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The past 35 years in biological systematics have been a time of remarkable philosophical and methodological developments. For nearly a century after Darwin's Origin of Species, systematists worked to understand the diversity of nature based on evolutionary relationships. Numerous concepts were presented and elaborated upon, such as homology, parallelism, divergence, primitiveness and advancedness, cladogenesis and anagenesis. Classifications were based solidly on phylogenetic concepts; they were avowedly monophyletic. Phenetics emphasized the immense challenges represented by phylogeny reconstruction and advised against basing classifications upon it. Pheneticists forced reevaluation of all previous classificatory efforts, and objectivity and repeatability in both grouping and ranking were stressed. The concept of character state was developed, and numerous debates focused on other concepts, such as unit character, homology, similarity, and distance. The simultaneous availability of computers allowed phenetics to explore new limits. Despite numerous positive aspects of phenetics, the near absence of evolutionary insights led eventually to cladistics. Drawing directly from phenetics and from the Hennigian philosophical school, cladistics evolved as an explicit means of deriving branching patterns of phylogeny and upon which classifications might be based. Two decades of cladistics have given us: refined arguments on homology and the evolutionary content of characters and states, views of classifications as testable hypotheses, and computer algorithms for constructing branching patterns of evolution. In contrast to the phenetic movement, which was noteworthy for seeking newer concepts and methods, even including determining evolutionary relationships (which led eventually to numerical cladistics), many cladists have solidified their approaches based on parsimony, outgroups, and holophyly. Instead of looking for newer ways to represent phylogeny, some cladists have attempted to use branching patterns: (1) as a strict basis for biological classification and nomenclature and (2) to explain the origin of biological diversity even down to the populational level. This paper argues that cladistics is inappropriate to both these goals due to: (1) inability of branching patterns to reveal all significant dimensions of phylogeny; (2) acknowledged patterns of reticulate evolution, especially in flowering plants; (3) documented nonparsimonious pathways of evolution: and (4) nondichotomous distribution of genetic variation within populations. New concepts and methods of reconstructing phylogeny and developing classifications must be sought. Most important is incorporation of genetic-based evolutionary divergence within lineages for purposes of grouping and ranking.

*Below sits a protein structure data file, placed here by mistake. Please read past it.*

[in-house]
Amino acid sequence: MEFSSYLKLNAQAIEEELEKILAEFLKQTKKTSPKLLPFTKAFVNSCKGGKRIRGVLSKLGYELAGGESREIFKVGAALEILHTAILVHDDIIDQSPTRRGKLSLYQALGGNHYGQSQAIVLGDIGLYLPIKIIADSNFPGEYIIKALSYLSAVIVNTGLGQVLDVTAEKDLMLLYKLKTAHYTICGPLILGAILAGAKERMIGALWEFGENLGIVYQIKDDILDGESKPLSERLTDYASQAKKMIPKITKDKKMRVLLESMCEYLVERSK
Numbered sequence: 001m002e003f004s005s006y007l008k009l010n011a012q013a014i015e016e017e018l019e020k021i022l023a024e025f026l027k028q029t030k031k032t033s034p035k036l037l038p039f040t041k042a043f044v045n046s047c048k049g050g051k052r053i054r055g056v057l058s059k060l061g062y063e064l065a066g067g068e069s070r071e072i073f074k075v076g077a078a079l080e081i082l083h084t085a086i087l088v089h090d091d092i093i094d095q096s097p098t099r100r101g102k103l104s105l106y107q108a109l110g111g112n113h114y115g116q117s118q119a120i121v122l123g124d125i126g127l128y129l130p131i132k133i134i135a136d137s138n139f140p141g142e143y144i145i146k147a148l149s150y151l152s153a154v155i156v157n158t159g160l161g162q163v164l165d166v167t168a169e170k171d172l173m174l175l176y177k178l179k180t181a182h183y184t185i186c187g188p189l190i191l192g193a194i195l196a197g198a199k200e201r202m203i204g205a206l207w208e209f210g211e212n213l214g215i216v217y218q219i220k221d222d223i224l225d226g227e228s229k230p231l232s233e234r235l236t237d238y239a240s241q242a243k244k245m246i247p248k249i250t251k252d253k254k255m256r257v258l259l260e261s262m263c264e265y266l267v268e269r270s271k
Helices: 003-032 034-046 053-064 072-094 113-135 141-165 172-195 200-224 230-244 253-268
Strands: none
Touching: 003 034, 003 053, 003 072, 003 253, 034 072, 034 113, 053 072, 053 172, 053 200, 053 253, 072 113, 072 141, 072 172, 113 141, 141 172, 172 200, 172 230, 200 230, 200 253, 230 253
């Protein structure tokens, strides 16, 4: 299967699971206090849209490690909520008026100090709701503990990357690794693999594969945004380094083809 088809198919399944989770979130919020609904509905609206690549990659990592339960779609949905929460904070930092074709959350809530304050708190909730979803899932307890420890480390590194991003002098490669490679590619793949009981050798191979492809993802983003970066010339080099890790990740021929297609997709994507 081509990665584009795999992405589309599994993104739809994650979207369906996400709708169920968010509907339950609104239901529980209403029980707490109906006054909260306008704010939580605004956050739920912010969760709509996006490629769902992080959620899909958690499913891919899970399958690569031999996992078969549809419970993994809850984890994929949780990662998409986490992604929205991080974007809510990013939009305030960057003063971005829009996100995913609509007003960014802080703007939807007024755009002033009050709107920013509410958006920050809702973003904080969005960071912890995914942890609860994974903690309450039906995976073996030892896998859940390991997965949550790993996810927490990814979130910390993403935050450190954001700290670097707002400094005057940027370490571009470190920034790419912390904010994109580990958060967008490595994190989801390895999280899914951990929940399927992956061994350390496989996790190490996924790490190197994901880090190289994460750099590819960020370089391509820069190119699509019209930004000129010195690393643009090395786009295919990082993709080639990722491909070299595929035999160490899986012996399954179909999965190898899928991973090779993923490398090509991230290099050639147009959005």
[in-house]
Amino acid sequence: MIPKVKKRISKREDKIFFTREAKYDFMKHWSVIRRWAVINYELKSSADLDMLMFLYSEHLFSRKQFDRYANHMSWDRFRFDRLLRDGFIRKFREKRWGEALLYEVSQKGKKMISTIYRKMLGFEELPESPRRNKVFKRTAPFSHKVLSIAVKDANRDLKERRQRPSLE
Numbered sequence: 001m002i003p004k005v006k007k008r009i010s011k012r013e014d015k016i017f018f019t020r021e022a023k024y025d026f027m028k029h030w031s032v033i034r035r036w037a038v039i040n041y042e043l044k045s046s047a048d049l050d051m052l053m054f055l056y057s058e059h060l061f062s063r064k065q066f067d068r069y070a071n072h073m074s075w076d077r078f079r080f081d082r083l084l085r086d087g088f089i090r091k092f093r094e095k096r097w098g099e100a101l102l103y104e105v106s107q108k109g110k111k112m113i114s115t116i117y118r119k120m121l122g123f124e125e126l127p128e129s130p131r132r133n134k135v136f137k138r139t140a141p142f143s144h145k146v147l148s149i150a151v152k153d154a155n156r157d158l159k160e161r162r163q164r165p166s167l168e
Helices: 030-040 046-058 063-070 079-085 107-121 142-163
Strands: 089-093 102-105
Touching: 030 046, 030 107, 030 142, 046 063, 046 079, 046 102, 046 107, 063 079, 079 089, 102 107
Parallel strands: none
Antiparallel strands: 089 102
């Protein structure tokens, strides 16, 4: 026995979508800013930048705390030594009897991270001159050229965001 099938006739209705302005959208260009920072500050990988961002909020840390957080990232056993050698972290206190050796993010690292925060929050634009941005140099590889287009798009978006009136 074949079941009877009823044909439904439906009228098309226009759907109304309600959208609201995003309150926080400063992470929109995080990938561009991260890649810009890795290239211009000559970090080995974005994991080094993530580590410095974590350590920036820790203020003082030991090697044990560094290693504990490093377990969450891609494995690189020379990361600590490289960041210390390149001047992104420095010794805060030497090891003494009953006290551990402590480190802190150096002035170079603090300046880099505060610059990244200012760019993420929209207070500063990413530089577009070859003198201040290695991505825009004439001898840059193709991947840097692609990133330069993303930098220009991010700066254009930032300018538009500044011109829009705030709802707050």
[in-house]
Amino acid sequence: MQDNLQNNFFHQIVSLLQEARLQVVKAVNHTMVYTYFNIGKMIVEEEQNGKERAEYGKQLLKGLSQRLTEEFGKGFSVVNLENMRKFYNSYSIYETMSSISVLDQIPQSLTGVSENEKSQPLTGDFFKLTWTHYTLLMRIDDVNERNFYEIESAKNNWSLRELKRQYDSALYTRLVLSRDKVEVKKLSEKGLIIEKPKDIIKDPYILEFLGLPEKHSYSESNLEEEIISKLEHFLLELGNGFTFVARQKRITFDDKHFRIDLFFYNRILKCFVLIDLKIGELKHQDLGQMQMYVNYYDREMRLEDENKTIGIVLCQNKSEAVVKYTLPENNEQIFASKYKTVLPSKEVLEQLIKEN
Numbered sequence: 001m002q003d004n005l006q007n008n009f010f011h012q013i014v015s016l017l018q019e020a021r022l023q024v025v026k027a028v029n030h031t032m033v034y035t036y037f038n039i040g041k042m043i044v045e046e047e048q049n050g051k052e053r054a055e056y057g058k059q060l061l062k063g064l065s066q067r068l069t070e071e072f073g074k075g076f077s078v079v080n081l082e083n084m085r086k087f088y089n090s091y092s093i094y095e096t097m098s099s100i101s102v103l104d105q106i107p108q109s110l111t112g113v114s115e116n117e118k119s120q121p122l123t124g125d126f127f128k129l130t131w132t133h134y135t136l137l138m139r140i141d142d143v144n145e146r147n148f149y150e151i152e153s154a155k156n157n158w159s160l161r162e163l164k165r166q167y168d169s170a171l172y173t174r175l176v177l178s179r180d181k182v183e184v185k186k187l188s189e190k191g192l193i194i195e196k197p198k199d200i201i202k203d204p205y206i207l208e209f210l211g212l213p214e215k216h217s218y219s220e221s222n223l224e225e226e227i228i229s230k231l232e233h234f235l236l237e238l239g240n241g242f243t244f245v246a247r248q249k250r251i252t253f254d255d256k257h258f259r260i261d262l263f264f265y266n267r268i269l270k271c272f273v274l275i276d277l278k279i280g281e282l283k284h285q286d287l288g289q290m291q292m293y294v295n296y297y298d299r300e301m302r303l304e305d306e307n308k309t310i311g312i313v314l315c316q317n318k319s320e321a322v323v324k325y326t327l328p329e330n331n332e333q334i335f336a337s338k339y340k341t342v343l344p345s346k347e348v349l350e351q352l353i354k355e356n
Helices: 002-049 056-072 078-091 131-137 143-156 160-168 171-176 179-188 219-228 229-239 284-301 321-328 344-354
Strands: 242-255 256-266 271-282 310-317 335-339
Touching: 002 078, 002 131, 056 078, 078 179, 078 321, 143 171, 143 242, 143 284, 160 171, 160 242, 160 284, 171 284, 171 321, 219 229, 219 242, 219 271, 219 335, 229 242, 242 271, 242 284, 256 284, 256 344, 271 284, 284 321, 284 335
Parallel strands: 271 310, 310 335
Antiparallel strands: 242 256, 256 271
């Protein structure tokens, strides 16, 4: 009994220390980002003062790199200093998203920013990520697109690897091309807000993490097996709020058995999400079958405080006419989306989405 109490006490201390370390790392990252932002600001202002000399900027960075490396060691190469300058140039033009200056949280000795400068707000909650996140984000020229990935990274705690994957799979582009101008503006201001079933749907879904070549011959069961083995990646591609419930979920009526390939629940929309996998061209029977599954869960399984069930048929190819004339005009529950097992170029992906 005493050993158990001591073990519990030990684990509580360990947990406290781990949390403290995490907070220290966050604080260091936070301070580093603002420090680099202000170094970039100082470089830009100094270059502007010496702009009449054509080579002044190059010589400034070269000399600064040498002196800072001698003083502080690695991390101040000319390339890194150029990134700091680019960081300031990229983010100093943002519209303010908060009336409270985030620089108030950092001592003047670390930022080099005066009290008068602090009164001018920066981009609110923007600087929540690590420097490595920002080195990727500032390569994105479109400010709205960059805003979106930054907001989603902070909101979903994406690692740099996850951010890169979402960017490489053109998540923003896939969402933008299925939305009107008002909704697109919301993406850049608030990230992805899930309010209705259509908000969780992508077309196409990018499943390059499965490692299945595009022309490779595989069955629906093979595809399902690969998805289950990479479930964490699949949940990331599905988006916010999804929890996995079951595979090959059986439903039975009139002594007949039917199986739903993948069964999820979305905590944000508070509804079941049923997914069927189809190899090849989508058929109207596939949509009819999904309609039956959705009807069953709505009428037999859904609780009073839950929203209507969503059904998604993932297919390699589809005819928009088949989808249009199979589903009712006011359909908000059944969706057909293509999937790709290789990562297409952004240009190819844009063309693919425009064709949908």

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© 1997 Tod F. Stuessy

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